Texas Rangers rumors: Starting pitching is a priority for the Rangers this offseason, but while there has been talk about the Rangers pursuing a Chris Sale or a Chris Archer, Ken Rosenthal writes that the Rangers aren’t expected to target the prominent high-end pitching options, either in the trade market or in free agency.
Rosenthal says that, with the team having dealt away a significant chunk of their minor league system in the deals that brought Cole Hamels, Jake Diekman, Jonathan Lucroy and Jeremy Jeffress to Texas, the organization is more “protective” of its remaining prospects, meaning that they aren’t likely to part with the talent necessary to land, for example, one of the Rays pitchers that is being shopped.
Though Rosenthal doesn’t come out and say it, the other problem is that the Rangers’ system lacks the high-end talent necessary to get such a player. The top prospect in the Rangers’ system right now is probably either Yohander Mendez or Leody Taveras. The 2015 draft class has disappointed -- Dillon Tate struggled badly and is now gone, Eric Jenkins had a rough introduction to full season ball in 2016, and Mike Matuella and Jake Lemoine have combined to pitch in one pro game — and while there are a lot of intriguing players in the system, there’s a lack of high-value pieces that would front a trade for a big time pitcher.
Meanwhile, no-longer-qualifying-as-prospects Jurickson Profar and Joey Gallo have trade value, but appear to be more valued by the Rangers than by other clubs. Realistically, a trade for the type of pitcher fans are clamoring for would likely have to be fronted by either Nomar Mazara or Rougned Odor, and the team doesn’t appear interested in moving either.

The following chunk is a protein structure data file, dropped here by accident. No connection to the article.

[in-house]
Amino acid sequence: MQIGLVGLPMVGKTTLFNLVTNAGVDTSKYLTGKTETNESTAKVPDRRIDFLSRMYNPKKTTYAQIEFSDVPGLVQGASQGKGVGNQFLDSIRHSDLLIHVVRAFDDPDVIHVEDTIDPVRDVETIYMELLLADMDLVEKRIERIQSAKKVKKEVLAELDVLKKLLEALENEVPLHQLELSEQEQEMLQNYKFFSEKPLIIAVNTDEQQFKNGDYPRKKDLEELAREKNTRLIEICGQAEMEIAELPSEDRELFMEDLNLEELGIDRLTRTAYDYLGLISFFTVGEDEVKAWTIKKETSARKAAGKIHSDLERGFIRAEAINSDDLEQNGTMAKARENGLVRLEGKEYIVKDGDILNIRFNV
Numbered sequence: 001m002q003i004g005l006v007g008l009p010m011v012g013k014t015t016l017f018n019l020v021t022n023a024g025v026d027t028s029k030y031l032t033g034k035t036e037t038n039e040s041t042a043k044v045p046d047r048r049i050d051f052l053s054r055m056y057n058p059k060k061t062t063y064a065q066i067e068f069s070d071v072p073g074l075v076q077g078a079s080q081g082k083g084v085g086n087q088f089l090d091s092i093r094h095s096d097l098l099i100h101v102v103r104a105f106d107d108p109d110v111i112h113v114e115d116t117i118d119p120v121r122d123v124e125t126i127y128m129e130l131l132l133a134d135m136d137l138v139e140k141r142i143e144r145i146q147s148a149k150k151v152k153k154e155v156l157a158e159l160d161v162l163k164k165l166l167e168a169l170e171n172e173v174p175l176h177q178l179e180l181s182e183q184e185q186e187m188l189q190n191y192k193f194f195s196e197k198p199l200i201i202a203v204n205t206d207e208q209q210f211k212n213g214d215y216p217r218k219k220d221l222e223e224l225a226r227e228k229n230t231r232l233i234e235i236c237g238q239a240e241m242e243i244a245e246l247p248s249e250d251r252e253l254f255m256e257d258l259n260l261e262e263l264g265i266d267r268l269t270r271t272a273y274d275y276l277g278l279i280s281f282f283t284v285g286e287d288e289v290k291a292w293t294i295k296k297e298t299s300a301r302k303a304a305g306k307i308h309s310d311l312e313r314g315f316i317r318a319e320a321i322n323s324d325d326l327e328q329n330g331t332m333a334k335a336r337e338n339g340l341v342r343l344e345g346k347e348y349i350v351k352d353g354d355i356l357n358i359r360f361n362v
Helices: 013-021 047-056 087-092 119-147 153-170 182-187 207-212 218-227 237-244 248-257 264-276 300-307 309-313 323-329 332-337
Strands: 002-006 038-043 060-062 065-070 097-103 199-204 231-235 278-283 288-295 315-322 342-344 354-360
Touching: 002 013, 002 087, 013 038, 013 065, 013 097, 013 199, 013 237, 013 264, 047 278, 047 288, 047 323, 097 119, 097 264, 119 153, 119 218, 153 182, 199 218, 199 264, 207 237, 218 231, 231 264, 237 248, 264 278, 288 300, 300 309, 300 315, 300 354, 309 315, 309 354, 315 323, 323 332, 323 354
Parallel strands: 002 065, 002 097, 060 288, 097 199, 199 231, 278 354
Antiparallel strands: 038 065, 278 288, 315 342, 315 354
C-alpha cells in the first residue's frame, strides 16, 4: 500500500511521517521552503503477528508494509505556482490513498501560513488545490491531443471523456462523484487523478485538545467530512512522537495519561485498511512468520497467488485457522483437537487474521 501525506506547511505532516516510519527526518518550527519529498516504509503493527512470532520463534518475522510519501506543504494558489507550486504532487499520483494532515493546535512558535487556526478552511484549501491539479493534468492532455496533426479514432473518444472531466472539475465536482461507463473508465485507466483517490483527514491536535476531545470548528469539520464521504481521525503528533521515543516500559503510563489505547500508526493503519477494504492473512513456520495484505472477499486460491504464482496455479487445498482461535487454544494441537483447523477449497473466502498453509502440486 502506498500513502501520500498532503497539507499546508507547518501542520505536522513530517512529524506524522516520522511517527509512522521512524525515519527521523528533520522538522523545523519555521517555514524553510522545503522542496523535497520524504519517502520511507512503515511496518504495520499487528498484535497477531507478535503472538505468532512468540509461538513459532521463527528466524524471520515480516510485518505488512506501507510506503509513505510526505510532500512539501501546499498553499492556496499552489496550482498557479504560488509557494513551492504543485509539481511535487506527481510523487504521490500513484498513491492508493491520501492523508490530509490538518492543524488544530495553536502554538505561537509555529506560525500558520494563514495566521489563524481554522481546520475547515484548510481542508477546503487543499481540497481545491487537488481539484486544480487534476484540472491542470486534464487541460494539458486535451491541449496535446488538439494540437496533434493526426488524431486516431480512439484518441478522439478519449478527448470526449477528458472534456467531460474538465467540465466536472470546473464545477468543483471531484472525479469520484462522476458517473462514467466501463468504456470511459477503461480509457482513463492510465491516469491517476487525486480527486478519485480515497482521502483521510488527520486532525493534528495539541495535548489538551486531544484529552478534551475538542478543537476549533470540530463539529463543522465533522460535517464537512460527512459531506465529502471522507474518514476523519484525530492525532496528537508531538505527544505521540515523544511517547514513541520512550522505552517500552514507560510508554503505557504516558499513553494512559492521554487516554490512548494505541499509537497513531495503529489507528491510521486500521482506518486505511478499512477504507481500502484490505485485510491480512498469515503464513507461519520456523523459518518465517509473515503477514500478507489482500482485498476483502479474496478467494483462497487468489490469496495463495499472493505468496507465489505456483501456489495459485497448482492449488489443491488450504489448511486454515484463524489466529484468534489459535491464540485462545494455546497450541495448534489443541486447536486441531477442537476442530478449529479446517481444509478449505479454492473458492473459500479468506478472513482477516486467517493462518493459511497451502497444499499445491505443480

There’s an argument to be made that, with Yu Darvish and Jonathan Lucroy in their walk years, and Cole Hamels and Adrian Beltre getting up in age, the Rangers should go all-in this year, move Gallo and Profar and other prospects for a top-end starting pitcher, and then rebuild after 2017, spending 2018 and 2019 re-trenching with an eye towards competing again when the new stadium opens in 2020. That, however, goes against what Jon Daniels has strived for -- a team that is a consistent winner, that maintains success. From 2010-16, the Rangers have done that, with the exception of the bizarre 2014 season, and I doubt they’re looking to change course now.
So Rosenthal’s report makes sense, but if it is true, it will likely result in the Rangers’ eventual move for a starting pitcher being seen as a letdown by a lot of fans and media.